Educators offer solutions to Common Core stalemate - KPLC 7 News, Lake Charles, Louisiana

Educators offer solutions to Common Core stalemate

CALCASIEU PARISH, LA (KPLC) - What now for Common Core? After Thursday’s meeting between Governor Bobby Jindal and State Education Superintendent John White ended in a stalemate, it means there’s still no state accountability test for the upcoming school year.

While the back and forth continues at the Capitol, stakeholders here say with the start of school just a few weeks out, ultimately it’s the children that are going to be impacted.

And it’s why many are calling for a moratorium on end-of-the-year testing if a decision cannot be reached in the next few weeks.

“I think the entire thing is bizarre,” said Terry Holden with the Louisiana Association of Educators.

Teri Johnson, President of the Calcasieu Federation of Teachers added, “Useless.”

That's how education organizations are reacting to Thursday's meeting between Governor Jindal and State Education Superintendent John White.

“They came out no better off. Teachers are no better off, the students are no better off, since the meeting,” said Johnson.

The two education policymakers were supposed to discuss Common Core education standards and testing. But their meeting ended up a stalemate.

And with neither side budging, it leaves educators with no state testing in place for the upcoming school year.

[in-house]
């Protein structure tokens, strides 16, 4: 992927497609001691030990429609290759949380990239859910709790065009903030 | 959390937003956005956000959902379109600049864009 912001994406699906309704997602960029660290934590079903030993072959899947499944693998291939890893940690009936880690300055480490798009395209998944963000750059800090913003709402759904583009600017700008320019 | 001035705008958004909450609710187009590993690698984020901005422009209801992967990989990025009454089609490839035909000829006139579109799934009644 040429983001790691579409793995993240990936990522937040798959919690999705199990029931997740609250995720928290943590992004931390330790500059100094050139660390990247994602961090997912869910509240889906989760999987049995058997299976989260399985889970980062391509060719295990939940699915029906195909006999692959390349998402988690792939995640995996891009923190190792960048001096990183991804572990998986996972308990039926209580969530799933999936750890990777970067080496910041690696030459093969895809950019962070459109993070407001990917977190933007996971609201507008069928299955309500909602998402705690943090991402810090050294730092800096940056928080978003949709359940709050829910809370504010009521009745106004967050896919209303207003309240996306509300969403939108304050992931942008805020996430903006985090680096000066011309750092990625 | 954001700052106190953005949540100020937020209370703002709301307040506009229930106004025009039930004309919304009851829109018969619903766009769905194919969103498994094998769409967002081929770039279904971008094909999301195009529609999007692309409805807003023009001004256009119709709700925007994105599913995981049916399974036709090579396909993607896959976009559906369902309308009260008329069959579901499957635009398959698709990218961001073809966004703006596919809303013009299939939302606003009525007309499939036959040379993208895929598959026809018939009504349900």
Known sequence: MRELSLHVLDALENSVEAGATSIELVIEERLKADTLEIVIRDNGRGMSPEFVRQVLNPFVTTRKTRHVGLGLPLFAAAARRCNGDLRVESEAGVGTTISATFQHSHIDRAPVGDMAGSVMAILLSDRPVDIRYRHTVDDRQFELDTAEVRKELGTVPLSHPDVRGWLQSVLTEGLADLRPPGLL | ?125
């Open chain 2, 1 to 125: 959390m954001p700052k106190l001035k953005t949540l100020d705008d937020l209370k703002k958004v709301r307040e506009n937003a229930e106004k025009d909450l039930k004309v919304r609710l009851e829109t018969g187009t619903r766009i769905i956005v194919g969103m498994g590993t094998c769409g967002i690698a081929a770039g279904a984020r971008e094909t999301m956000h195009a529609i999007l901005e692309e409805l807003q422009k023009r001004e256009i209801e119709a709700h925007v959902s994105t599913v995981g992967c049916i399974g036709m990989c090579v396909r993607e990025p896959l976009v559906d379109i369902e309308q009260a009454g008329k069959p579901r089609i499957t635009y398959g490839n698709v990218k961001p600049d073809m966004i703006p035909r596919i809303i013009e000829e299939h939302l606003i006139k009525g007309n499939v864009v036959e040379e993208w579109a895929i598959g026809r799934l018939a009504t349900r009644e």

“We are at a standstill right now as to what we need to do to prepare the students for the tests next year,” said second grade teacher Mark Hayes, who’s also President of the Calcasieu Association of Educators.

While it impacts students, it also affects teachers, who are evaluated by test scores. And it's why some are proposing a solution.

“If the Governor and Superintendent White cannot come up with a decision, we're hoping they'll call a moratorium and not have any testing next year or at least go back to the same test we gave last year,” said Hayes.

“The LEAP and iLEAP that were given last year were in line with the PARCC requirements,” added Johnson.

While Holden says that wasn't a catastrophe, he believes they're still mismatched and offers another solution, “If we continue to adhere to the high stakes tests, they ought to be written along with our own Louisiana state standards.”

While many still doubt Common Core itself, educators believe it's important to continue learning better ways to teach it.

“Let's be fair, there's nothing else that's going to be there next fall. There's no time,” said Holden.

BESE hoped White and Jindal could reach a compromise Thursday so they could avoid litigation. However, White doesn’t think that’s likely.

For now, many are hoping BESE will at least decide on a test in the coming weeks.

Copyright 2014 KPLC. All rights reserved.

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